The Lucan Connection
In order to trace how The Hermitage Golf Club established itself on the golfing scene, we must first deal with the manner in which the club was originally founded and to that extent, we must refer to our near neighbours Lucan Golf Club. As this story unfolds one will see how important the tie between the two clubs was and how inextricably linked they became. Lucan Golf Club was founded in 1887. The first recorded general meeting of the Lucan club took place on June 6th 1903 in the Spa Hotel. The following were elected: President, Capt. Charles C. Vesey J.P.D.L; Captain, William Hill Esq.; Hon. Secretary, J. Hitchcock; Hon Treasurer, J. Patterson. Committee: Alderman W.F. Cotten J.P., William
Anderson Esq. J.P., I.E. Galt-Gamble Esq. D.J.R.J.R., H. Harrison Esq., J.A. Scallan Esq., J.L. Scallan Esq (Proprietor – Spa Hotel).
At this meeting, agreement was reached with the proprietor of the Spa Hotel, Mr. J.L. Scallan, that the general management of the club was to be carried on by a quorum of the Committee subject to reasonable control from Mr. Scallan. This decision was to lead to a series of meetings in the year 1905. Many felt that the club should cease to be a proprietary club, and that they the members should run their own club.
Special General Meeting
A request signed by 13 members for the holding of a special general meeting was sent to the Committee, and that meeting was called for September 14th 1905. At that September meeting it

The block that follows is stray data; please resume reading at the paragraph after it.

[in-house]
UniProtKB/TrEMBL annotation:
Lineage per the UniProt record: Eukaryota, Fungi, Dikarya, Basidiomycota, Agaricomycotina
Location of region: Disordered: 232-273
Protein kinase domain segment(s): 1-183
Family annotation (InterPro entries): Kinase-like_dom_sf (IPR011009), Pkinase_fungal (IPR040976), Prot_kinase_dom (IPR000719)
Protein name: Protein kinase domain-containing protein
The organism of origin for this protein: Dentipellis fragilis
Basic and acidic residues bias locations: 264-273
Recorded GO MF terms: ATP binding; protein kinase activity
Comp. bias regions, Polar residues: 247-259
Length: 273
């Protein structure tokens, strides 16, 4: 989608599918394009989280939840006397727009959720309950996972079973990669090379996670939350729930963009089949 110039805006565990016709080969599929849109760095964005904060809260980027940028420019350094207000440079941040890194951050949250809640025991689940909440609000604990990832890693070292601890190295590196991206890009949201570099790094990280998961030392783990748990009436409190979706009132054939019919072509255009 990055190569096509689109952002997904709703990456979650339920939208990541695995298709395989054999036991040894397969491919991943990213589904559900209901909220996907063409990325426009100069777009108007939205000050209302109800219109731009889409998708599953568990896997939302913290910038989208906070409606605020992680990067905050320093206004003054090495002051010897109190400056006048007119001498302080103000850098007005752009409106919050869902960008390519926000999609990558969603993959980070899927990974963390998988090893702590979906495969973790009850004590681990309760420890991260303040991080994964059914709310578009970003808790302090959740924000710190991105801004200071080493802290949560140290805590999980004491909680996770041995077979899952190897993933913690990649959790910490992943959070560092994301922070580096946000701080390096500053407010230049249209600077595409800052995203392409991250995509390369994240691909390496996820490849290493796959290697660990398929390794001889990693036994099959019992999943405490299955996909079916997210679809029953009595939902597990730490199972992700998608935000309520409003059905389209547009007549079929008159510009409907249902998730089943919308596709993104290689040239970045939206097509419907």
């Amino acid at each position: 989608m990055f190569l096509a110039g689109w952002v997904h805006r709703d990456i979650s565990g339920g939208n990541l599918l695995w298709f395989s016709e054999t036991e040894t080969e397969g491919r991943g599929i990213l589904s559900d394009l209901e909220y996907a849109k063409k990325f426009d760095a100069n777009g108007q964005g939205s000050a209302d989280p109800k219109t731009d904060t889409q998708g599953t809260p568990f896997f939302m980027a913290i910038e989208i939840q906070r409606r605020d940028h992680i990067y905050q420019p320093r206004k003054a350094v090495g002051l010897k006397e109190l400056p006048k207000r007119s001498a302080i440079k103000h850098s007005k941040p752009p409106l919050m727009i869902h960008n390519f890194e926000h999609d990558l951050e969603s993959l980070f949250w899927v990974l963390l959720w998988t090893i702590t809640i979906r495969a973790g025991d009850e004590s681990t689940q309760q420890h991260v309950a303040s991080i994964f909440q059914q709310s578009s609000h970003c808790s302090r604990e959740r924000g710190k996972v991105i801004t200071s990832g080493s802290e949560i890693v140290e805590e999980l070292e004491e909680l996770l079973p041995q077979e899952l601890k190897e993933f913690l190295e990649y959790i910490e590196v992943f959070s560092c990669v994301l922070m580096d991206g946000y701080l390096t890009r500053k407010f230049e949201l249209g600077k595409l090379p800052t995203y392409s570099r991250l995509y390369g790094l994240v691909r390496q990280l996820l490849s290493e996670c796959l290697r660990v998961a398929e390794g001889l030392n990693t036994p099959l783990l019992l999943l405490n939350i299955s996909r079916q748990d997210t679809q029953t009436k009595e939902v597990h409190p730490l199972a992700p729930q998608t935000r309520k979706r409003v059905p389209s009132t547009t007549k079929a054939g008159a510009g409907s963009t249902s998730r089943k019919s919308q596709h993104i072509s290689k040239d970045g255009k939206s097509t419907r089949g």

was proposed by Mr. Jas. Walsh and seconded by Mr. J.J. Inglis
“That the time has now arrived when the club should cease to be proprietary but should be vested in the members.”
It was agreed unanimously. A special committee, one member of which was the proprietor, was formed to draw up a scheme to carry out the resolution and the meeting was adjourned to
the 23rd to consider the report of the special committee.
The outcome of the first meeting was that the special committee would see if Mr. Barr, a local landowner, was willing to grant the club the use of the three fields on lease for a term of years and
at what cost. Mr. Scallan, proprietor, agreed to hand over the club to the members provided a suitable arrangement was made to safeguard the interests of the hotel visitors and that he would
be suitably reimbursed for any loss he might have incurred so far.